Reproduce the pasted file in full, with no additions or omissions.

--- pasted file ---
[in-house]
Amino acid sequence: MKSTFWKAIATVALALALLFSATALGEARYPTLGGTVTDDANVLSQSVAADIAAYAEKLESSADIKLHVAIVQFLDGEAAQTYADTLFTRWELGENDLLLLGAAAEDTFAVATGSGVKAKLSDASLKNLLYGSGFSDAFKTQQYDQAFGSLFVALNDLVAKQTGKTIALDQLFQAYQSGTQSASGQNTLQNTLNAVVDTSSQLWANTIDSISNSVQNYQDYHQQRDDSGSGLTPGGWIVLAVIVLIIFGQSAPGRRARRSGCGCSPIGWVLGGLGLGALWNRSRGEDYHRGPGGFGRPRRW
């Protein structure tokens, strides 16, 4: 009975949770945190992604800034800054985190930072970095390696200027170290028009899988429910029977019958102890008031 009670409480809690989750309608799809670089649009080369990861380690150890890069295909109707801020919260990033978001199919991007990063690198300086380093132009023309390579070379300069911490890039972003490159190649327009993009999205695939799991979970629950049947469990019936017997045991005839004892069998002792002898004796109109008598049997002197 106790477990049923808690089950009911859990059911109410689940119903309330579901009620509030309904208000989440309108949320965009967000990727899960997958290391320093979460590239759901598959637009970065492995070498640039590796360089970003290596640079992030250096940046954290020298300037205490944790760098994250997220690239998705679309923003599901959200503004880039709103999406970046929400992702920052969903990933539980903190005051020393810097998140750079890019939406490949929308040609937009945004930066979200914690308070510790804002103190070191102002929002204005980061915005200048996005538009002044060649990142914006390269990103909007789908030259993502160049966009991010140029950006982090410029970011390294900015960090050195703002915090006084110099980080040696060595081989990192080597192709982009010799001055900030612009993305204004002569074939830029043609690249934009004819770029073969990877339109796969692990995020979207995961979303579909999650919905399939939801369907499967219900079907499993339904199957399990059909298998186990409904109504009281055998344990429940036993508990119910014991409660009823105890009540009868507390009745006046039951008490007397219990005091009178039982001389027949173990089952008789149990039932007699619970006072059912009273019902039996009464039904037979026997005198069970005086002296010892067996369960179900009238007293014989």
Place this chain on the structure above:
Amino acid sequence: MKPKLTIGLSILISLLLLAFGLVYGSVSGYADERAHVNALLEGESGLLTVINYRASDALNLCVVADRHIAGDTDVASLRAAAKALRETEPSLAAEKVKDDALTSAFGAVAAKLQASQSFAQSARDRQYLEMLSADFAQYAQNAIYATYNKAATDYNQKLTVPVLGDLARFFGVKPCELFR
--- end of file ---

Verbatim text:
[in-house]
Amino acid sequence: MKSTFWKAIATVALALALLFSATALGEARYPTLGGTVTDDANVLSQSVAADIAAYAEKLESSADIKLHVAIVQFLDGEAAQTYADTLFTRWELGENDLLLLGAAAEDTFAVATGSGVKAKLSDASLKNLLYGSGFSDAFKTQQYDQAFGSLFVALNDLVAKQTGKTIALDQLFQAYQSGTQSASGQNTLQNTLNAVVDTSSQLWANTIDSISNSVQNYQDYHQQRDDSGSGLTPGGWIVLAVIVLIIFGQSAPGRRARRSGCGCSPIGWVLGGLGLGALWNRSRGEDYHRGPGGFGRPRRW
């Protein structure tokens, strides 16, 4: 009975949770945190992604800034800054985190930072970095390696200027170290028009899988429910029977019958102890008031 009670409480809690989750309608799809670089649009080369990861380690150890890069295909109707801020919260990033978001199919991007990063690198300086380093132009023309390579070379300069911490890039972003490159190649327009993009999205695939799991979970629950049947469990019936017997045991005839004892069998002792002898004796109109008598049997002197 106790477990049923808690089950009911859990059911109410689940119903309330579901009620509030309904208000989440309108949320965009967000990727899960997958290391320093979460590239759901598959637009970065492995070498640039590796360089970003290596640079992030250096940046954290020298300037205490944790760098994250997220690239998705679309923003599901959200503004880039709103999406970046929400992702920052969903990933539980903190005051020393810097998140750079890019939406490949929308040609937009945004930066979200914690308070510790804002103190070191102002929002204005980061915005200048996005538009002044060649990142914006390269990103909007789908030259993502160049966009991010140029950006982090410029970011390294900015960090050195703002915090006084110099980080040696060595081989990192080597192709982009010799001055900030612009993305204004002569074939830029043609690249934009004819770029073969990877339109796969692990995020979207995961979303579909999650919905399939939801369907499967219900079907499993339904199957399990059909298998186990409904109504009281055998344990429940036993508990119910014991409660009823105890009540009868507390009745006046039951008490007397219990005091009178039982001389027949173990089952008789149990039932007699619970006072059912009273019902039996009464039904037979026997005198069970005086002296010892067996369960179900009238007293014989």
Place this chain on the structure above:
Amino acid sequence: MKPKLTIGLSILISLLLLAFGLVYGSVSGYADERAHVNALLEGESGLLTVINYRASDALNLCVVADRHIAGDTDVASLRAAAKALRETEPSLAAEKVKDDALTSAFGAVAAKLQASQSFAQSARDRQYLEMLSADFAQYAQNAIYATYNKAATDYNQKLTVPVLGDLARFFGVKPCELFR